Despite the setback, the NBN is still on track for 2020 completion, the company says.
While there was no change in the number of premises “ready to connect” during the last quarter of 2017, NBN Co says it is still on track to complete the initial build of the network by 2020.
NBN Co’s report for the half year to December 2017 shows that approximately 700,000 more premises were made “ready for service” during the last three months of 2017, bringing the total to 7.1 million. Yet the number that are ready to connect flat-lined at 6.1 million, which is approximately half of the homes and business premises around the country.
The ready for service number shows the total number of premises in areas where service is available, whereas ready to connect excludes any premises that cannot currently be served within those areas. For example, a house in an FTTN area might be so far from the nearest node that it can't be connected using that technology, or a building in an HFC area might be set further back from the street than the maximum lead-in length.
The moratorium on new HFC connections appears to be a large part of the reason why the ready to connect number has remained static since the last quarterly report, as it means that premises located in active HFC areas but not actually connected to the NBN have moved back from “ready for service” to “ready to connect”.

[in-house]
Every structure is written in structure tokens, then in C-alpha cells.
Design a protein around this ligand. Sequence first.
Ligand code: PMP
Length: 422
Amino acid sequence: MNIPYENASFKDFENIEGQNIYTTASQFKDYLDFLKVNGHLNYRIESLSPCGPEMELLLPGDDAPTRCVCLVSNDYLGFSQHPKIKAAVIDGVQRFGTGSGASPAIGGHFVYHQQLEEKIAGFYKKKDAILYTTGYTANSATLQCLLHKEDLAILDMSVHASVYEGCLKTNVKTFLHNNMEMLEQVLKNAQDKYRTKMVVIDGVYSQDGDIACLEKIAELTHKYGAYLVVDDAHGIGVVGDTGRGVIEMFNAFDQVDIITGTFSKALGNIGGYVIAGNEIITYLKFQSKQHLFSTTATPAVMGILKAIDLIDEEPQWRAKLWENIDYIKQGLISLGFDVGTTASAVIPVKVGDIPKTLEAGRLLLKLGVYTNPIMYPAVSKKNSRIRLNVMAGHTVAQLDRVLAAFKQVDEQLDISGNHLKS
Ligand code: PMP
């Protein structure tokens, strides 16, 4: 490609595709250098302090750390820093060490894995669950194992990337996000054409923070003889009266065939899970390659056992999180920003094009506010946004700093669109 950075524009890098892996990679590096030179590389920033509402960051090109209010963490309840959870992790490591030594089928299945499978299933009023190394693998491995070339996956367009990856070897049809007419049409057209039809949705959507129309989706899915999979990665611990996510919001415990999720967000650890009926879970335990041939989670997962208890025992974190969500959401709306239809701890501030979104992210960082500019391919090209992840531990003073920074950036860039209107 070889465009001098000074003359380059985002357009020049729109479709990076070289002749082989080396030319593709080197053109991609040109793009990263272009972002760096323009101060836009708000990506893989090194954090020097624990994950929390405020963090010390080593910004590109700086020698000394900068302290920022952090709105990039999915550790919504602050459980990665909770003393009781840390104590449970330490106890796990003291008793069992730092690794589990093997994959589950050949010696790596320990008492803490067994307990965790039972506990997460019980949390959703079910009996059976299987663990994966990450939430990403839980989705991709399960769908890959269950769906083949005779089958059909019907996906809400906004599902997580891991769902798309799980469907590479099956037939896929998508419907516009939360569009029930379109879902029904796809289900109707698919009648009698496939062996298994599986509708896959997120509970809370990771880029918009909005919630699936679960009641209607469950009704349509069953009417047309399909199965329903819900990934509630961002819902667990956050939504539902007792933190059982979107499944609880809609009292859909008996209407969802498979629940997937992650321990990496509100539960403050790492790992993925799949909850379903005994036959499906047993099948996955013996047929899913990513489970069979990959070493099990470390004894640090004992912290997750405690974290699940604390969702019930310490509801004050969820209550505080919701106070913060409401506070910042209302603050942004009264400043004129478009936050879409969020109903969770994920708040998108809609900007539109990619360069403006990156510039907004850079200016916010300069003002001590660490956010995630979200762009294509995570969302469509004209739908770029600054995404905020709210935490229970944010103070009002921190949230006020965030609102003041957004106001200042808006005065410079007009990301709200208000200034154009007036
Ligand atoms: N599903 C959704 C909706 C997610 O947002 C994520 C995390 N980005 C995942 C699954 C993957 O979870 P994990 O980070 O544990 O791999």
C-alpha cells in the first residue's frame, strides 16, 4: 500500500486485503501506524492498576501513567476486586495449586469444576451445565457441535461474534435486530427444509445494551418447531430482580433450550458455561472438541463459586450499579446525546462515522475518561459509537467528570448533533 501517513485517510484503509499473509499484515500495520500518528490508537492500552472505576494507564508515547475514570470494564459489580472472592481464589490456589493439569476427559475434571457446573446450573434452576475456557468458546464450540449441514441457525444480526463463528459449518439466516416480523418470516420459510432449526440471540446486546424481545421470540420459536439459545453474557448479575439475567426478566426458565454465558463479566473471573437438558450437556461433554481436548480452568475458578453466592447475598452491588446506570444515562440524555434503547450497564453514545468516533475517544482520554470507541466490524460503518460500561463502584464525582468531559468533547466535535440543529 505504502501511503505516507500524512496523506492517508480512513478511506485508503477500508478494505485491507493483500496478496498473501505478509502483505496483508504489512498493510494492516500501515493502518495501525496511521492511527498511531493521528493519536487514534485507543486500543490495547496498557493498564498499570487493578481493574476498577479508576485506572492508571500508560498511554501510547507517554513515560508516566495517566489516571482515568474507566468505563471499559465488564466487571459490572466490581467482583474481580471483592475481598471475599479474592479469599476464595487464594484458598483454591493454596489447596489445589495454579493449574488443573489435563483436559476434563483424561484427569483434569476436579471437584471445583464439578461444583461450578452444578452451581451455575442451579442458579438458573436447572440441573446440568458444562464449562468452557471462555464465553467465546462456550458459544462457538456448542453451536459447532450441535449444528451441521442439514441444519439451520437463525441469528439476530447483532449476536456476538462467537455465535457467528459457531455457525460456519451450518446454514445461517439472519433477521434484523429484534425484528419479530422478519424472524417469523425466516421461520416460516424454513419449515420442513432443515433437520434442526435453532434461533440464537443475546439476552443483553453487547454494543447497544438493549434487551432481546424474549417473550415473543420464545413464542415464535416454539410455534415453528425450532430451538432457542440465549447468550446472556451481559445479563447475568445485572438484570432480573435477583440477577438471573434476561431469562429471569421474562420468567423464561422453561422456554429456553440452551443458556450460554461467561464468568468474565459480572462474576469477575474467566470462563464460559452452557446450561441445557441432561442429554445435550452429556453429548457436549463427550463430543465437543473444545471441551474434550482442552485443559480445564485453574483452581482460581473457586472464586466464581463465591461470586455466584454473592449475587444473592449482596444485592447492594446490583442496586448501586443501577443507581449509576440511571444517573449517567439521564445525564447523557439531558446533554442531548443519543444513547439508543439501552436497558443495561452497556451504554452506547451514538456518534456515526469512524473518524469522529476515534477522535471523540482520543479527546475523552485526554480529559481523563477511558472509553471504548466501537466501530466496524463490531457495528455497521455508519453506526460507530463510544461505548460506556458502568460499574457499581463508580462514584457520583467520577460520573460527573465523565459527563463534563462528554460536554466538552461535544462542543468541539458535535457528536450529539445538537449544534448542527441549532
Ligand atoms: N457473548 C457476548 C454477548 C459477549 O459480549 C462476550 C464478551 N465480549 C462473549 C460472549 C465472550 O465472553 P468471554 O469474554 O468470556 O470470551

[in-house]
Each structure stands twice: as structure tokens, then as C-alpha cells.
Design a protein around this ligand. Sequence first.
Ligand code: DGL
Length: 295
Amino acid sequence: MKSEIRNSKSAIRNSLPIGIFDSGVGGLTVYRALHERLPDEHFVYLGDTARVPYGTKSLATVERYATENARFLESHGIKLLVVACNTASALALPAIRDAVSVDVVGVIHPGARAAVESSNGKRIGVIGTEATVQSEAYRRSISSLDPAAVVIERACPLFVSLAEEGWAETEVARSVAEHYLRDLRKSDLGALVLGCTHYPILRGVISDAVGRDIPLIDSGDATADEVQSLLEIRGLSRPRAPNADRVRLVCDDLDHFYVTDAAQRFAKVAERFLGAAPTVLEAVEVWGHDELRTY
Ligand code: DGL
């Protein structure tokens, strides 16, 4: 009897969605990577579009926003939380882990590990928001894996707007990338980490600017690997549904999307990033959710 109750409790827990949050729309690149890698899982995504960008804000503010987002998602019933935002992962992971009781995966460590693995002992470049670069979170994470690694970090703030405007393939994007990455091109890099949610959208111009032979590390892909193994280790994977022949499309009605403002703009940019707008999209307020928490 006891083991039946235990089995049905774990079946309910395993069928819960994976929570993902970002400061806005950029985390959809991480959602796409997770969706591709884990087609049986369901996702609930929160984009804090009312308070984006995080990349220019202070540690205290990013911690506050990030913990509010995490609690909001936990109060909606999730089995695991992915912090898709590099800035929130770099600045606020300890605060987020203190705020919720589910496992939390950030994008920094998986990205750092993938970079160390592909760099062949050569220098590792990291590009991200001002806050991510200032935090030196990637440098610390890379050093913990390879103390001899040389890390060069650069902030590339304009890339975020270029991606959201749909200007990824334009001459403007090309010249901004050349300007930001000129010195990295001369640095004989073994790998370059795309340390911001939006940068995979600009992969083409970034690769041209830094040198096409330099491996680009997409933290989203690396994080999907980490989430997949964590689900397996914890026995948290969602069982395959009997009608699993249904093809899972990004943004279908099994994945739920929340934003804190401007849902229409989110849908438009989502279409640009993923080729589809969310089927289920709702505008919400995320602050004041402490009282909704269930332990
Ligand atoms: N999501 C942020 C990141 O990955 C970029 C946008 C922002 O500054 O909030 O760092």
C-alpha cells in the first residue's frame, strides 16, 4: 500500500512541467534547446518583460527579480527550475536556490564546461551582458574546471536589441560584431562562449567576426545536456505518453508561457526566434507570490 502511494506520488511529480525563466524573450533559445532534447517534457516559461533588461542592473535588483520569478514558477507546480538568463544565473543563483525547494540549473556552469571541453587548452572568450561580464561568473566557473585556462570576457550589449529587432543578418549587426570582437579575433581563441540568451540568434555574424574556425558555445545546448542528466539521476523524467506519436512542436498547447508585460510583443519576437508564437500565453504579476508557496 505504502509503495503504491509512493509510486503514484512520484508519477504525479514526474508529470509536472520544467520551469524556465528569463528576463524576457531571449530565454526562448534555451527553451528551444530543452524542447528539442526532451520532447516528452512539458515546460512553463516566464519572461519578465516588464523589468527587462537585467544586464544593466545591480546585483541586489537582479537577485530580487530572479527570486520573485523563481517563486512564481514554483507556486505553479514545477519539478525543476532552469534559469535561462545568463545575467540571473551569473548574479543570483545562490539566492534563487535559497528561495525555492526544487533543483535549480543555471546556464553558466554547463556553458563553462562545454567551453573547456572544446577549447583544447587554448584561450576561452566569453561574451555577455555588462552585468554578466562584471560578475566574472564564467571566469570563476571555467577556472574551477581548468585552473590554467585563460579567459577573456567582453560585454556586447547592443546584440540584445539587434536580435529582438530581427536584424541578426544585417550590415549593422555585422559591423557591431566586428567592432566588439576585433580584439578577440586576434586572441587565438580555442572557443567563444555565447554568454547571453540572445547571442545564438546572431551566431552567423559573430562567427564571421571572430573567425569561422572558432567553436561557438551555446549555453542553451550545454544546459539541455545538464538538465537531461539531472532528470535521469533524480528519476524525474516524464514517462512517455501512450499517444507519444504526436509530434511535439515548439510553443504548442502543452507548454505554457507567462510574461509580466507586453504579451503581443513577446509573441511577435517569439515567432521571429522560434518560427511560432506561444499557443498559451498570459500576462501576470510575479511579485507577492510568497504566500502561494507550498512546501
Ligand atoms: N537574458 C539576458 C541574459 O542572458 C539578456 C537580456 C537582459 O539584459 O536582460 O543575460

HFC is the only technology where the number of ready to connect premises has fallen since the previous half-yearly report – from 608,165 to 442,419 – even though the HFC ready for service number shot up from 758,416 to 1,358,295 premises.
NBN Co gave no indication of how long it will be before HFC activations resume, merely stating “the pause on sales will be in effect until this fieldwork is complete.”
Returning to overall numbers, of the 6.1 million ready to connect premises, almost 3.4 million have an active service – a significant improvement on the 2.9 million at the end of the previous quarter.
Backing up NBN Co’s claim that it is still on track to complete the rollout by 2020, CEO Bill Morrow said: “As at 31 December 2017, more than 95 percent of households and businesses are in design, construction or are already able to order a service over the NBN access network.”
Morrow also pointed to work underway to increase the likelihood of new installations working first time, the development of more advanced fault-detection technology, and tweaks to the wholesale pricing model to help improve broadband speeds and service during peak hours.
He also noted the successful customer trials of FTTC (fibre to the curb) in Victoria, and the plans to use G.Fast technology for faster speeds on FTTB (fibre to the basement) and FTTC.